The slaughter of animals is regulated in Denmark’s Animal Protections Act, which provides that animals must be slaughtered as quickly and as painlessly as possible. In addition, it provides that the Ministry of Environment and Food may issue further ordinances on how slaughter may be performed. In 2014 Denmark issued an ordinance that effectively banned kosher and non-sedated halal slaughter. The ordinance allows for religious slaughter, but requires religious slaughter to be preceded by sedation of the animal. Thus, there is no exception to the rule that animals must be sedated prior to slaughter. The Guidelines to the Ordinance on Slaughter and Killing of Animals prescribes that only the following methods of sedation are acceptable under Danish law: mechanical (bolt pistol, shotgun, breaking the animals neck, or by blow to the head), electrical, or gas.
Only poultry, cattle, sheep, and goats may be slaughtered through “religious slaughter.” These animals must be sedated with a “non-penetrating bolt tool.” If that form of sedation is not effective, the animal must immediately be sedated with the use of a “penetrating bolt” or by the use of “electricity.” The animal must be fixated prior to performing the sedating act (for cattle, this means in a box).In addition, the animal must be at least eight months old, or twenty-four months old for bulls.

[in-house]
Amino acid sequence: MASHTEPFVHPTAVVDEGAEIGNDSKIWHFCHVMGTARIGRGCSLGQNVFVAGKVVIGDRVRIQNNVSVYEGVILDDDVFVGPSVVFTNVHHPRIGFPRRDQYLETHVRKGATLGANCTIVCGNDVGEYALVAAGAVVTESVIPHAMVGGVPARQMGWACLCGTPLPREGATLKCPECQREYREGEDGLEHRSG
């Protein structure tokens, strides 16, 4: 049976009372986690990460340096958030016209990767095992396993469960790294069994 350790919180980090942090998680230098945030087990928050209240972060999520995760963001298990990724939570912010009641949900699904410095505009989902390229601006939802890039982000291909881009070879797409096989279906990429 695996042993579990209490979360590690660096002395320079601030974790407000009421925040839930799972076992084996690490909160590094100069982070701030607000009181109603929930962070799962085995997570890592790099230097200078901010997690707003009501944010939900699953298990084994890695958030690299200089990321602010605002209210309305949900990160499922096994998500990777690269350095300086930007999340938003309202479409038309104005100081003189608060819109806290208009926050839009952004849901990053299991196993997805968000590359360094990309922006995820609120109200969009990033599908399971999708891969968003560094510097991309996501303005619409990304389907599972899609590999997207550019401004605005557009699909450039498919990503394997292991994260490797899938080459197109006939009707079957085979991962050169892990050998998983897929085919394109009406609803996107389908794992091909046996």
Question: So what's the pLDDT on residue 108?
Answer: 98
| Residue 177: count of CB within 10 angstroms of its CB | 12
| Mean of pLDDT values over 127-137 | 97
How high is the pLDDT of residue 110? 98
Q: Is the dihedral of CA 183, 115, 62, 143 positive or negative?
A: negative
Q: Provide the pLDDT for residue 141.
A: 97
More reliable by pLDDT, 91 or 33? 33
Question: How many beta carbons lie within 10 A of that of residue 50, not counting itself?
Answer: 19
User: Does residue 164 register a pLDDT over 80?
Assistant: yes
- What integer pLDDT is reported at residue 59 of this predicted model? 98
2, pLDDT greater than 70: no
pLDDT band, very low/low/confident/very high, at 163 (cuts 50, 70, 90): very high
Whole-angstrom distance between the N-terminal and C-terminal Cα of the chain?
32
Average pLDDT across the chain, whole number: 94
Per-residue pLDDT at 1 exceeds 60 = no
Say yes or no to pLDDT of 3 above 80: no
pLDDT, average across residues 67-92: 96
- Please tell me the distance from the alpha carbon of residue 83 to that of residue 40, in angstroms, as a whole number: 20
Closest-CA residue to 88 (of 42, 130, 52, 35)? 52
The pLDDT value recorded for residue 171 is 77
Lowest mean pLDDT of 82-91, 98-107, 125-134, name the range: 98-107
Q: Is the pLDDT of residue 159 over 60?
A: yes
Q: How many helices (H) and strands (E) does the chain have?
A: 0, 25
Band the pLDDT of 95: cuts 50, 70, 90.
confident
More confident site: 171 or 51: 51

Danish law allows for the import of kosher and halal meat that has been slaughtered without prior sedation. In addition, halal slaughter is performed in Denmark by Muslims who provide sedation prior to slaughter. According to Danish Veterinary and Food Administration reports, Danish slaughtered halal meat is exported to the Middle East. Slaughterhouses that wish to perform religious slaughter (in effect, halal slaughter) must notify the Danish Veterinary and Food Administration (Fødevarestyrelsen) prior to initiating slaughter. There are no requirements that halal meat must be marked as halal. There are currently no proposals pending in the Danish Parliament to allow for the slaughter of animals without prior sedation, or to allow for religious exemptions to the current rules.